Perhaps more lucrative—and controversial—space travel can potentially open up some untapped markets like asteroid mining and space tourism. Some experts think asteroid mining could become the next gold rush. In regards to space tourism, if it were up to Richard Branson, we’d be launching people (notably Tom Hanks and Leo) to space on Virgin Galactic today. The economic potential of outer space is literally unknown.
Counterpoint: Great Expense with Little Return
NASA currently operates with a budget of $17.5 billion per year. That seems like a lot, but, that sentence could also be said, “NASA uses 0.5 percent of the U.S. budget.” Not so bad.
In its heyday, when Kennedy first declared that America would send a man to the moon, the “cost” of that mission dispersed to $20 per American per year. Adjusting for inflation, that’d be the equivalent of paying $200 to NASA in 2016.
Today, that number’s quite different, with the average American taxpayer contributing $0.41 to the space program. Again, that doesn’t seem like much, but, when you think about it, that’s 41 cents to awe and inspire. Yes, “awe and inspire” because, for most Americans, space exploration yields little practical return. Though breast cancer imaging and artificial limbs are profound advancements in the field of medicine, its impact among the majority of “Americans” is minimal. Instead, the 41 cents currently going towards the space program could be reallocated so that it covers potholes or reduces poverty or, at the very least, fights global warming more effectively than “we’ll move to Mars if it gets that bad.” For example, if NASA’s budget were directed to feeding Americans, it could feed every hungry child for over three months.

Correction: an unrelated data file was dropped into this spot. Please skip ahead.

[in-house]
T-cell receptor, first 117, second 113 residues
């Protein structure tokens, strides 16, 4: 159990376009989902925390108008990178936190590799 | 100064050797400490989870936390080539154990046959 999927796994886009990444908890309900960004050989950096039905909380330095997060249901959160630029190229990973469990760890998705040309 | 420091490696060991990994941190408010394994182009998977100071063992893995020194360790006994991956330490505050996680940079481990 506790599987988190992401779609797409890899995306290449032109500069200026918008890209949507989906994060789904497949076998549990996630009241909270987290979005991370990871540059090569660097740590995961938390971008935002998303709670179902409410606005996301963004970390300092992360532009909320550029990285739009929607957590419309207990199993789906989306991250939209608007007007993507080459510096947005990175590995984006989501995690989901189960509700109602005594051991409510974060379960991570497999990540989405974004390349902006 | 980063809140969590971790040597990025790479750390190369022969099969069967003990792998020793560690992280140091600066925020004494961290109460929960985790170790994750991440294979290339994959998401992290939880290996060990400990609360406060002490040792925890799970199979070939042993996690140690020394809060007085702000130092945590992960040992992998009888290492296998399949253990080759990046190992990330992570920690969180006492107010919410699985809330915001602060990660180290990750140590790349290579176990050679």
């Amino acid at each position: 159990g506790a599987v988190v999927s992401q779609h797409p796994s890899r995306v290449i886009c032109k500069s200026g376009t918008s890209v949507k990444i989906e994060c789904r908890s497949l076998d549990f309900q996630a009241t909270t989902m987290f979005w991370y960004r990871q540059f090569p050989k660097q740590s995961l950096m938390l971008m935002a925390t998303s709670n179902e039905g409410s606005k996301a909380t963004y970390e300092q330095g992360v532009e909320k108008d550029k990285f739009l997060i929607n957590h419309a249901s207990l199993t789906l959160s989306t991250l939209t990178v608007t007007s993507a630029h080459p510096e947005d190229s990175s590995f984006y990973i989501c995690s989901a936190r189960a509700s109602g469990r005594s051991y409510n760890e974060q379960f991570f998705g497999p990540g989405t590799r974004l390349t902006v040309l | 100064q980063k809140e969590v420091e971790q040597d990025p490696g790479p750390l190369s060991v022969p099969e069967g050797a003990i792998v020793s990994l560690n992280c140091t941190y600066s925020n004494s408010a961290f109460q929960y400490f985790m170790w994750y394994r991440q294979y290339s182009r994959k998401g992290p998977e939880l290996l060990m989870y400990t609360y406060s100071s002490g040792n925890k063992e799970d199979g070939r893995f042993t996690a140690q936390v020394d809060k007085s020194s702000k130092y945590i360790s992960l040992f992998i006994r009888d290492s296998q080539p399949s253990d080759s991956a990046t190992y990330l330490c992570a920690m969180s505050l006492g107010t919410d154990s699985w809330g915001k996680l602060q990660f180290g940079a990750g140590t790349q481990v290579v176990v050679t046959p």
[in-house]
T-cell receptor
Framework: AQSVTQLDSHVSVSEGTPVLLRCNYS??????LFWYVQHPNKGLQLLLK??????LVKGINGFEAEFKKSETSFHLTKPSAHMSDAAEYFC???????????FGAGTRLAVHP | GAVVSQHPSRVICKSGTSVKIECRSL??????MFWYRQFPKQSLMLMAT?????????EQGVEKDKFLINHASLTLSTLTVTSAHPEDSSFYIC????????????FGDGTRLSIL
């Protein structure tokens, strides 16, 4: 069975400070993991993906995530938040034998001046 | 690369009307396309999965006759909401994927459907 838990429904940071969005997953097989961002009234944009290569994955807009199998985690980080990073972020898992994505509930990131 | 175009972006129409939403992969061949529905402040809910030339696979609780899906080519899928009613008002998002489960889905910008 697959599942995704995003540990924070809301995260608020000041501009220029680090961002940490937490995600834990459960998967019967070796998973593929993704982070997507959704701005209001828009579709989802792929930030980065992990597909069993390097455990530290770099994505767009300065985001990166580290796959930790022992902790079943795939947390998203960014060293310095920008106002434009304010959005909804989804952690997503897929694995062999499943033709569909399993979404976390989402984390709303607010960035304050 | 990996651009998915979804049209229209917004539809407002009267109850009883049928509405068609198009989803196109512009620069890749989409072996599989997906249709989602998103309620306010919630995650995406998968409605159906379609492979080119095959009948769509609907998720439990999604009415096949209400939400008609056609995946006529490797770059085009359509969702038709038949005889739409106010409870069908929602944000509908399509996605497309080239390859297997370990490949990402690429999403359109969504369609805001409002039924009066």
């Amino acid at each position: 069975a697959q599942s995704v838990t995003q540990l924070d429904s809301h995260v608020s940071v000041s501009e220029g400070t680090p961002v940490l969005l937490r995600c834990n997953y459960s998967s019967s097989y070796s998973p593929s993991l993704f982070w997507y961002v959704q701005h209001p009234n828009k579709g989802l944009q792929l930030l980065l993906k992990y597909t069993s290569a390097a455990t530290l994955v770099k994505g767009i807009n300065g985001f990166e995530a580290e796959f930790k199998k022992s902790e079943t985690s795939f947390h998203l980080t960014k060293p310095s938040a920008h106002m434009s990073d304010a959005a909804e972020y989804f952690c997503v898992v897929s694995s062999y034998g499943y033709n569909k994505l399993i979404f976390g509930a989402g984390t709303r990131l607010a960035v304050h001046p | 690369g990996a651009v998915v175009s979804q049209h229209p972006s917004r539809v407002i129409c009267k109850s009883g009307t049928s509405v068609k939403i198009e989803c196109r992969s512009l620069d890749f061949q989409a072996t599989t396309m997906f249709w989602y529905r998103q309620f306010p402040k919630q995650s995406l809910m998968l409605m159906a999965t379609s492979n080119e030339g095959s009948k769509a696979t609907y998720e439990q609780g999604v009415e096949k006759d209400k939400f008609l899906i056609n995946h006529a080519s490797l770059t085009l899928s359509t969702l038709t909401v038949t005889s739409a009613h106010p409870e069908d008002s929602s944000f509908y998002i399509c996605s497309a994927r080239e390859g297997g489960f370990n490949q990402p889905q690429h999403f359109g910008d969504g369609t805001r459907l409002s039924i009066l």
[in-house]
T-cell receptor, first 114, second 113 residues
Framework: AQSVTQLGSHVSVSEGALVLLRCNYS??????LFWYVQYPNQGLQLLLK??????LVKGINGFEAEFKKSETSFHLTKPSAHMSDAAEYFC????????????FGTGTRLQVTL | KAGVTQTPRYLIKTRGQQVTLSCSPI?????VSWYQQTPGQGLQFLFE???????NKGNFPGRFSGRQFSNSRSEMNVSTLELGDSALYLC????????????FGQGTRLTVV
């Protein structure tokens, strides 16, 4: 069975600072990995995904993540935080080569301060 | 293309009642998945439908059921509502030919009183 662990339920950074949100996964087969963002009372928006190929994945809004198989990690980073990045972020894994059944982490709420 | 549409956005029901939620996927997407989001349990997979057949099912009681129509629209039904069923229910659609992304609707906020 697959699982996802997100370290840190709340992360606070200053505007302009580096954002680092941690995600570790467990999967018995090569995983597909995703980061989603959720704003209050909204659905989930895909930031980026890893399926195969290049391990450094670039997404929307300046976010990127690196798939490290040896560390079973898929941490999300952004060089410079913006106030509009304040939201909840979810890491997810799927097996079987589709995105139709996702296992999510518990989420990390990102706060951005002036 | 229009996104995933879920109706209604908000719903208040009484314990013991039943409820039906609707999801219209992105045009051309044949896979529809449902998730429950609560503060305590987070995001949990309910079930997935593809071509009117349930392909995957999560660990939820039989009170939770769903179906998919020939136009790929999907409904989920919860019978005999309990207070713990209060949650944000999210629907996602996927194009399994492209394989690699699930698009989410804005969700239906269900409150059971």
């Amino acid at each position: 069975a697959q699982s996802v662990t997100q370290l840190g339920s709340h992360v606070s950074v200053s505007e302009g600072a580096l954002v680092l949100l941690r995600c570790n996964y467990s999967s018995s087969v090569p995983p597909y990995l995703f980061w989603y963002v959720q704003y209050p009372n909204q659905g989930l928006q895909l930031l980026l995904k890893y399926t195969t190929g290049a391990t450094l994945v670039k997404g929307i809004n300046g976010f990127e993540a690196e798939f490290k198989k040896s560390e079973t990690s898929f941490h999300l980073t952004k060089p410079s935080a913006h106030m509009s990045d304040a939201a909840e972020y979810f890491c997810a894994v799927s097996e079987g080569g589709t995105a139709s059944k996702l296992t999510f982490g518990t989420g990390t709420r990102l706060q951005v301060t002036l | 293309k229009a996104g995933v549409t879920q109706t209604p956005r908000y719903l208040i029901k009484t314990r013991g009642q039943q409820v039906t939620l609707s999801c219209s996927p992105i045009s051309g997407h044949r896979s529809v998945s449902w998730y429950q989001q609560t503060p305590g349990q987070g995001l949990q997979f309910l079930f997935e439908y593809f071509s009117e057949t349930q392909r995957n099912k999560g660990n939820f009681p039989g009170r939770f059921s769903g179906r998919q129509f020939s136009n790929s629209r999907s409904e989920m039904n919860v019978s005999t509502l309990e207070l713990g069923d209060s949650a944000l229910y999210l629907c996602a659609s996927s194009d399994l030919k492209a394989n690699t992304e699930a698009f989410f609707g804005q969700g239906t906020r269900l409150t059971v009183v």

Point: Humans are Naturally Curious
As humans, there’s an innate condition to understand the unexplainable. Psychologist Jerome Kagan posited that the human condition wants to eliminate the distress of the unknown and is highly motivated to reach concrete explanations. Social psychologist Arie Kruglanski defined it as “cognitive closure; describing this as “individuals’ desire for a firm answer to a question and an aversion towards ambiguity.”
Though “curiosity” hardly answers—and may in fact denigrate—“why” the U.S. sends men to space and rovers to Mars, the desire, from a psychological standpoint, exists, and maybe this desire will remain until science gives us an answer.
Counterpoint: Space Travel is Pollutive
Every old satellite, every shoddy piece of space equipment, every rocket launch booster is simply floating aimlessly around the universe. In 2007, the Chinese government tested a missile by smashing an old weather satellite, and those 150,000 chunks of debris are floating around space. Two years later, in 2009, two satellites crashed into one another, and those shards, too, are somewhere in the universe. Where? We don’t know. What will happen to it? No clue. But, for all we know, this level of pollution could be akin to what occurred during the Industrial Revolution. And we probably won’t know until it’s too late to correct it.
Image: Joe Penniston, CC-BY
Tom Burson is a travel writer, part-time hitchhiker, and he’s currently trying to imitate Where in the World is Carmen Sandiego? but with more sunscreen and jorts.